Recently I came across an article from the National Safety Council on Window Safety, and it is really an important subject. Windows play a very important roll in home safety. Two of the most common home injuries and death in young children are fires and falls. While some falls occur from windows, it’s also important to remember that windows can saves people’s lives during a fire.
As the article stated:
It can only be done with safety awareness, planning and preventive action.
Windows as an escape route
Fires are obviously very scary, and if you don’t have an evacuation plan for your family children may try to hide, which can be tragic. It’s important to teach children they need to escape from a fire and have a proper evacuation plan in place for the family to do so. Windows offer one of quickest, and easiest ways to escape. It’s important to take the time to teach children how to escape through the windows and practice with them on a regular basis.
It’s important that every family member knows how to operate the windows in your home – particularly in the case of a fire. Any extra time it takes to escape during a fire can increase injuries or worse – cost lives. It’s important to check your windows regularly to be sure they can open easily. Sometimes things paint, dirt, or warping (on wood windows, for example) can cause the windows to be difficult to open. Also be sure windows are never blocked by furniture or other objects.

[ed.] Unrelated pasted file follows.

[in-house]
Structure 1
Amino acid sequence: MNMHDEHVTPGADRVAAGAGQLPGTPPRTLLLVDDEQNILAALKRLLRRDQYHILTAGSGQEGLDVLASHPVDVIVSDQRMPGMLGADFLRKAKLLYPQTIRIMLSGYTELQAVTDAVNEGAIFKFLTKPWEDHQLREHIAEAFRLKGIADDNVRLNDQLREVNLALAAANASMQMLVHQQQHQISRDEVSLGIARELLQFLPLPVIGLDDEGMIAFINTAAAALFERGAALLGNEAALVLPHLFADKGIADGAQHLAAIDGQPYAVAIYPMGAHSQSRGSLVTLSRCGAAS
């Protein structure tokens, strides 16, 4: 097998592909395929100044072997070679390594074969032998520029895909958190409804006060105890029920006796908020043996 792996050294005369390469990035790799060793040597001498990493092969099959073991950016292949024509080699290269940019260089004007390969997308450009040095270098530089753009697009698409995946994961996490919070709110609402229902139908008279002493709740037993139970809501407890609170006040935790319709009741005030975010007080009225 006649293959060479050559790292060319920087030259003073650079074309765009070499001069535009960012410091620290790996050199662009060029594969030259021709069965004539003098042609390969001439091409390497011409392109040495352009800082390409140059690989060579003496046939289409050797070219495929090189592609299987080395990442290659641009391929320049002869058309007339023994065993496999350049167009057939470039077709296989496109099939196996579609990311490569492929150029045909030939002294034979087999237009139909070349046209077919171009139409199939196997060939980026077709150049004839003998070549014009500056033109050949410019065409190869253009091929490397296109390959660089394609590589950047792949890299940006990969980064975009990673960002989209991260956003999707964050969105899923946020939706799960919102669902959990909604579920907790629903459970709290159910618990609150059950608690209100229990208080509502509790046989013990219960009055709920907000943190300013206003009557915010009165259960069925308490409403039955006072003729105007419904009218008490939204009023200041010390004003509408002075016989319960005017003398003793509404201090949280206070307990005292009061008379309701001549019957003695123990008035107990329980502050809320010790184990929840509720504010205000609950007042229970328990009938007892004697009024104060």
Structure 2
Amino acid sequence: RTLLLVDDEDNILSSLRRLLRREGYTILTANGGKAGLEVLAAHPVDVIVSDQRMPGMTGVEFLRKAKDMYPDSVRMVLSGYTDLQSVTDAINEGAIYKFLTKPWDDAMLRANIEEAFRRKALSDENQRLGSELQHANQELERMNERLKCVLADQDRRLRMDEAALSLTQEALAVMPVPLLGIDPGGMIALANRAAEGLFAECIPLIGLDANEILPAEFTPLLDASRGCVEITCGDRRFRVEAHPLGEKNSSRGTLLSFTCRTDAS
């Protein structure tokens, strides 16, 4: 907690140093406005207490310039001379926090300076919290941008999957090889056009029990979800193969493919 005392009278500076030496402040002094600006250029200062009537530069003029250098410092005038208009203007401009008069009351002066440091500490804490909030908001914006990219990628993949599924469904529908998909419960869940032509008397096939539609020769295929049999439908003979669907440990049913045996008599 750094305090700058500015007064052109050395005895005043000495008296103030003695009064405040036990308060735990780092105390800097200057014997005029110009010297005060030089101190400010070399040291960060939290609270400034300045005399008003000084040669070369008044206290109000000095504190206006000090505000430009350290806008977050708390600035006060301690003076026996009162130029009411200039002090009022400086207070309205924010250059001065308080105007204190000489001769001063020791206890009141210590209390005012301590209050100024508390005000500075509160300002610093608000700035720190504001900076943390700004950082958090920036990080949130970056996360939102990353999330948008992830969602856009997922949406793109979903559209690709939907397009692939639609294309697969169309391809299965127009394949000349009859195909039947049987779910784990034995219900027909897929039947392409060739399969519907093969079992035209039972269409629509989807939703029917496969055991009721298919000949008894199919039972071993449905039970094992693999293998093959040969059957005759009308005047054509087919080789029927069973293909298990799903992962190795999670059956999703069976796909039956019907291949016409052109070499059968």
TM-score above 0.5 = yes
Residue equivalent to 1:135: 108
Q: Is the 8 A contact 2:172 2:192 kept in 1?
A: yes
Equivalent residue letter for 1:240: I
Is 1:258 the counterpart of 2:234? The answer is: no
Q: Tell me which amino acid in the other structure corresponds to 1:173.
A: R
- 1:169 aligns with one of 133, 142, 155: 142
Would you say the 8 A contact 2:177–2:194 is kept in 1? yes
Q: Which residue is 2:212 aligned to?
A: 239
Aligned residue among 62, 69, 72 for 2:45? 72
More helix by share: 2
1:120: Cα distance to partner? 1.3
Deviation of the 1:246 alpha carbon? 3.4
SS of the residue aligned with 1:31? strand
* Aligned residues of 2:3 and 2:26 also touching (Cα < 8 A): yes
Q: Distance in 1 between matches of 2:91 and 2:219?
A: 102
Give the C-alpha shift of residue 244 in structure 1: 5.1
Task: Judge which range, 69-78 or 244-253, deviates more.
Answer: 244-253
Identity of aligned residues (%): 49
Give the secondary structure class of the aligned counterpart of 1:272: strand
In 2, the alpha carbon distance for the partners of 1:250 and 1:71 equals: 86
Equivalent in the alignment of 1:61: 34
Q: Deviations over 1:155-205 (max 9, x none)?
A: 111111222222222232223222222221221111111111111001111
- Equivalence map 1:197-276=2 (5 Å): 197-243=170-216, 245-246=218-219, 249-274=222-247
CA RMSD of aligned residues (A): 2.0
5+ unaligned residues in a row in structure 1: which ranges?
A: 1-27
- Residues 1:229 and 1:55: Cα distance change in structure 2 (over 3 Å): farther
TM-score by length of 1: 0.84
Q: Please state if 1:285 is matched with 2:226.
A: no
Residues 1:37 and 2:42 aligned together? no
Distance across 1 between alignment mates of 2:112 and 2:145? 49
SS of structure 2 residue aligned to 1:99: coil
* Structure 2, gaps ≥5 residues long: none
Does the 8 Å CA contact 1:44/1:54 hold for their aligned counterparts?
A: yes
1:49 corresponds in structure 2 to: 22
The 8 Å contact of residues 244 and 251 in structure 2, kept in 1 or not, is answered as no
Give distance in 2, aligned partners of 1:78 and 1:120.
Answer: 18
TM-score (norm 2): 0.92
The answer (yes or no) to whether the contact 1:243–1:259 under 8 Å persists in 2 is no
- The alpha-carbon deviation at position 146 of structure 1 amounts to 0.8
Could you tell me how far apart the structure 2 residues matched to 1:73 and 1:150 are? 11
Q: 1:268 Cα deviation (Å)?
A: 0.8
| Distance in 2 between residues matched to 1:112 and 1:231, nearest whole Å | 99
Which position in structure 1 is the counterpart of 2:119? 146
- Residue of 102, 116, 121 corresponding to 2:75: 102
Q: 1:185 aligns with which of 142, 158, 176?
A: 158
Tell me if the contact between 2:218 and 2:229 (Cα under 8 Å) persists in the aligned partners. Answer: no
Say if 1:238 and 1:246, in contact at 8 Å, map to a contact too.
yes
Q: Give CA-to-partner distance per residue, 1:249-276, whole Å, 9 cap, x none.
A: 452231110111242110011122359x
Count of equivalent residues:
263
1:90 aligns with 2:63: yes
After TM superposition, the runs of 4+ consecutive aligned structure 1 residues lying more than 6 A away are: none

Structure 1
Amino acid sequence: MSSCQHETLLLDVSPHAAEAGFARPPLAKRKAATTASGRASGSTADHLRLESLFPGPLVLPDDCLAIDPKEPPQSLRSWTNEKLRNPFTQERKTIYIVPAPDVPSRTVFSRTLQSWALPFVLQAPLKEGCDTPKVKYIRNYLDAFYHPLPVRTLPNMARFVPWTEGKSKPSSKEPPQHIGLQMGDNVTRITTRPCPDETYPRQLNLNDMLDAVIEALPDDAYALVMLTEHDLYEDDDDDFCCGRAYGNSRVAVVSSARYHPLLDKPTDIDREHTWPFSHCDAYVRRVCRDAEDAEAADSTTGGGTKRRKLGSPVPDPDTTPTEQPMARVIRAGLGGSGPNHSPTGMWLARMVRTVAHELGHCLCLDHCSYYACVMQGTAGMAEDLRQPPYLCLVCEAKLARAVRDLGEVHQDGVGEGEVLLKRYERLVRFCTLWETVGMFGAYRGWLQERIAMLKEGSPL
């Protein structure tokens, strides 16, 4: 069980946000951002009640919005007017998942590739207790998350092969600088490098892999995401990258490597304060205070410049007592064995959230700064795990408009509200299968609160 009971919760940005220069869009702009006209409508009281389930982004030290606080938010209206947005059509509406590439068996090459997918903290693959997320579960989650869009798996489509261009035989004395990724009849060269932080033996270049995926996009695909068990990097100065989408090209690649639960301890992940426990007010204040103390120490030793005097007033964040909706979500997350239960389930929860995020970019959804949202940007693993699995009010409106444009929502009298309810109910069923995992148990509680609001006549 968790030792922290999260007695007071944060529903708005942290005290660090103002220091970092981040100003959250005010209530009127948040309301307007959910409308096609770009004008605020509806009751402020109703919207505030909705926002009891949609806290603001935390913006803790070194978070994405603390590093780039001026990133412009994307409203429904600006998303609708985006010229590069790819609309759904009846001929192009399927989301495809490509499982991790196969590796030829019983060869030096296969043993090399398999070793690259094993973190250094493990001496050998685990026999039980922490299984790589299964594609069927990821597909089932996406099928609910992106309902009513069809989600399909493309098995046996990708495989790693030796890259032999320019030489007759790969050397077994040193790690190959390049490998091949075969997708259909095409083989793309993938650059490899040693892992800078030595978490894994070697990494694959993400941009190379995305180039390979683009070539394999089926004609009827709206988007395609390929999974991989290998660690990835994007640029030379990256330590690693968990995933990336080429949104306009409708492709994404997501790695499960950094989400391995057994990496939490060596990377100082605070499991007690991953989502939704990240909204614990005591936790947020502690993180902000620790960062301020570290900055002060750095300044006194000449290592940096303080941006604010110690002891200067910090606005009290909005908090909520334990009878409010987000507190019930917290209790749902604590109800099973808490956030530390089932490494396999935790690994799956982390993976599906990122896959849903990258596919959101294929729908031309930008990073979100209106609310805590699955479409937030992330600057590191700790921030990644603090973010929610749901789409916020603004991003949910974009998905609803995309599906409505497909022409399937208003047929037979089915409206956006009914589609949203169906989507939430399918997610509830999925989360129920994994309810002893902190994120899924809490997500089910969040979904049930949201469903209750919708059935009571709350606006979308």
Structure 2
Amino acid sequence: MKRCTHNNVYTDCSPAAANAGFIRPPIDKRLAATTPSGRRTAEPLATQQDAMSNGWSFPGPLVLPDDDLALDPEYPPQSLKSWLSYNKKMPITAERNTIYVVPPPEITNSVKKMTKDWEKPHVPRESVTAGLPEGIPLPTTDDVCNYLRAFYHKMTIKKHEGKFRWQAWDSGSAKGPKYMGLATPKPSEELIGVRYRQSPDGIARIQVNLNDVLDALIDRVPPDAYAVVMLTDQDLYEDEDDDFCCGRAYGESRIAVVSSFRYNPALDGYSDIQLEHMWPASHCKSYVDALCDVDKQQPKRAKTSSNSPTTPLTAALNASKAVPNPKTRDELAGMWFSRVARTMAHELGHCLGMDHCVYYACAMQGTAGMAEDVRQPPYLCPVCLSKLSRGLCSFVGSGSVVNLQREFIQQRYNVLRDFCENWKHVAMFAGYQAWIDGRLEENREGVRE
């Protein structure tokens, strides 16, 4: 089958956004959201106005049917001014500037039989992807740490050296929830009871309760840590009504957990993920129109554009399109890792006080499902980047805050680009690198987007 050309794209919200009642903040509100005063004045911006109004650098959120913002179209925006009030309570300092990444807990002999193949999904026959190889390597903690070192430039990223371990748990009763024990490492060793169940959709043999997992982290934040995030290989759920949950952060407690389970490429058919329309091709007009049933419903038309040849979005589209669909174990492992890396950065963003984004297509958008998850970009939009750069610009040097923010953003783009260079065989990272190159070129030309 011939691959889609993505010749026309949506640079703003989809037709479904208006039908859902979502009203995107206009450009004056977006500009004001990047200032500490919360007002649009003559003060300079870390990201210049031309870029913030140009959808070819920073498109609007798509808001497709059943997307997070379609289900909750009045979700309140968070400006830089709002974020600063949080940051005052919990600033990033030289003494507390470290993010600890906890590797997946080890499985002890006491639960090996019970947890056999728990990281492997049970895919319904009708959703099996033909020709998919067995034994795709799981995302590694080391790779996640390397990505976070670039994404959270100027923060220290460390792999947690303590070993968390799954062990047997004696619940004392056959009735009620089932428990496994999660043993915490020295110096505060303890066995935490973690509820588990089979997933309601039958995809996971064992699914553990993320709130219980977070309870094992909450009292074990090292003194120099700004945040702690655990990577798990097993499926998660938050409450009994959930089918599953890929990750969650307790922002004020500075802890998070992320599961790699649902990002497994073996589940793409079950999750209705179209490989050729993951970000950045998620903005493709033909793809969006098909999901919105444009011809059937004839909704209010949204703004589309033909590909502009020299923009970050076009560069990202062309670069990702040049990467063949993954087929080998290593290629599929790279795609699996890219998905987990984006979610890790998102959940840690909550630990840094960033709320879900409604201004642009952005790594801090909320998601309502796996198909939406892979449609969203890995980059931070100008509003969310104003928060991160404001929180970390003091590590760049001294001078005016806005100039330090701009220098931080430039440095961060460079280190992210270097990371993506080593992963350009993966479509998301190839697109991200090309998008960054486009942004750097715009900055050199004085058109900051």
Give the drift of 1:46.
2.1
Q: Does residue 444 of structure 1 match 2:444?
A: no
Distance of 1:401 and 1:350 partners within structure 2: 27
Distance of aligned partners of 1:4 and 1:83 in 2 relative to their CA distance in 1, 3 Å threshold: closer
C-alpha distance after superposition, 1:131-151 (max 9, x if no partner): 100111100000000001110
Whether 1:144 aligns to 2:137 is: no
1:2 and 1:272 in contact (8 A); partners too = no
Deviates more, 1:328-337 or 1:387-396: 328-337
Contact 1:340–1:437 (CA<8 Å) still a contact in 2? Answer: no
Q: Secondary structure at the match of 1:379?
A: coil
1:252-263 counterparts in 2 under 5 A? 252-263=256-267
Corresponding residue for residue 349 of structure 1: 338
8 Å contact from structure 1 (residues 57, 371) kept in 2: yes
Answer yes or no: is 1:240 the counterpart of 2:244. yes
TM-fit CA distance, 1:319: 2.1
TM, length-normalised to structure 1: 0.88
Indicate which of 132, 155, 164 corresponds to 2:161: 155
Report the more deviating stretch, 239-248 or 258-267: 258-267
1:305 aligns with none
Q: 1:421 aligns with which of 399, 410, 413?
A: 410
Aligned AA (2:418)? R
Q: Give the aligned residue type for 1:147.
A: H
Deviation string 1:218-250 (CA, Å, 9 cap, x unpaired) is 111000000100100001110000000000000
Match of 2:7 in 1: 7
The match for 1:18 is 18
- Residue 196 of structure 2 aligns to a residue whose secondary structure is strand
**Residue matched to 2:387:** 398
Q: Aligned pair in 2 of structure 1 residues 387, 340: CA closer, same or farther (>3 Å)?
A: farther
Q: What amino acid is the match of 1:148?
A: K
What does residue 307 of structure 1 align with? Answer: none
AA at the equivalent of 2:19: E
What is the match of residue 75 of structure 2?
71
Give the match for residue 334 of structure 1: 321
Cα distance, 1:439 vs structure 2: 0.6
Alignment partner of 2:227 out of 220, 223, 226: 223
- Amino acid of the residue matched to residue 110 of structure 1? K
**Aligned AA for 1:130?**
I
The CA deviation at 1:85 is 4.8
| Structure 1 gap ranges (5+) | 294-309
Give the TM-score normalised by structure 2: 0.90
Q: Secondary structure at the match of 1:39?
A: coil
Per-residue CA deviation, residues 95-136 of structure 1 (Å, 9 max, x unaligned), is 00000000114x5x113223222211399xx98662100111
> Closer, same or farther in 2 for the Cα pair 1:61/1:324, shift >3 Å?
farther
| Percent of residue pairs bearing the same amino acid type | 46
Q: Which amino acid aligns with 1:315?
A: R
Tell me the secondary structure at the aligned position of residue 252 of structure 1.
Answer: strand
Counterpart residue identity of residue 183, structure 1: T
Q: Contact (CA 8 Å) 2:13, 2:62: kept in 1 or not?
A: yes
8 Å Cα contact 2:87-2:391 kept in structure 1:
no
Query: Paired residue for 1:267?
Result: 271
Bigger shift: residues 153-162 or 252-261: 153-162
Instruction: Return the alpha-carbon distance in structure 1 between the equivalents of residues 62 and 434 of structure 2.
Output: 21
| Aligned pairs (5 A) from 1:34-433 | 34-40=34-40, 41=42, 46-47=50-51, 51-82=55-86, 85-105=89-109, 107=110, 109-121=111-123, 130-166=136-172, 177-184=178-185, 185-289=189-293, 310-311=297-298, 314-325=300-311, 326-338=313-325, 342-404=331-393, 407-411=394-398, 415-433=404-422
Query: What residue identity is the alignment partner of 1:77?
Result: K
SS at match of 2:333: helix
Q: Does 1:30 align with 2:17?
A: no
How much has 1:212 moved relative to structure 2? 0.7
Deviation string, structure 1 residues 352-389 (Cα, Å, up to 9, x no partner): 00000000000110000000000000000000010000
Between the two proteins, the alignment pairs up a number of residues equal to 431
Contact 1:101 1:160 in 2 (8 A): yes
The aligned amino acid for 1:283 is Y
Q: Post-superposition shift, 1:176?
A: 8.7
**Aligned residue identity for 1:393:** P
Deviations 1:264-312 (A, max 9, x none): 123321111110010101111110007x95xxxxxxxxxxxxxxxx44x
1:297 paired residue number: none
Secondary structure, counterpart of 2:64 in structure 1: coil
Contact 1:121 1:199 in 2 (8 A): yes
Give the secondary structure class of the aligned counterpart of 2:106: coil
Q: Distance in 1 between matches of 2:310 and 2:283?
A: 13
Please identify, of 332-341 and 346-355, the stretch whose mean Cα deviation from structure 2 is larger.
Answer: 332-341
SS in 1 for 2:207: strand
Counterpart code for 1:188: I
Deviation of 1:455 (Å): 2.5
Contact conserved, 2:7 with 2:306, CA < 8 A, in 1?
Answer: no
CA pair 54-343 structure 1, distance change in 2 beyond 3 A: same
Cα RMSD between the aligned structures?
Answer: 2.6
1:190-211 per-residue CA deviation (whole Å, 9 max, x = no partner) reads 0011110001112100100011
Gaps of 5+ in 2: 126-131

Another factor can be security measures you may in place on your windows such as security bars, grates, or grills. Although, they are intended to keep intruders out, they can also lock you in. The same is true of window guards. Everybody should be able to exit a window quickly in an emergency situation without needing tools, keys, or extra effort.
Preventing falls out of windows is just as important as learning how to use windows in an emergency. Children that are unattended have the greatest risk of falls and injuries, so the best precaution is to always supervise children while they’re playing.
It’s a good idea to always keep your windows locked when children are around and open only windows they cannot reach if you absolutely need to have windows open for ventilation. Keep furniture or anything else children may be able to use for climbing near windows and teach them not to play near windows.
It’s important to know you cannot depend on screens. They are meant to provide ventilation without letting in insects and other creatures like the lizards that often graze our windows. They are not designed to hold a child’s weight.
Be sure you educate your children and yourselves in both using windows as an escape route during a fire as well as window safety to prevent falls and accidents. This is the only way to keep the promise of safety.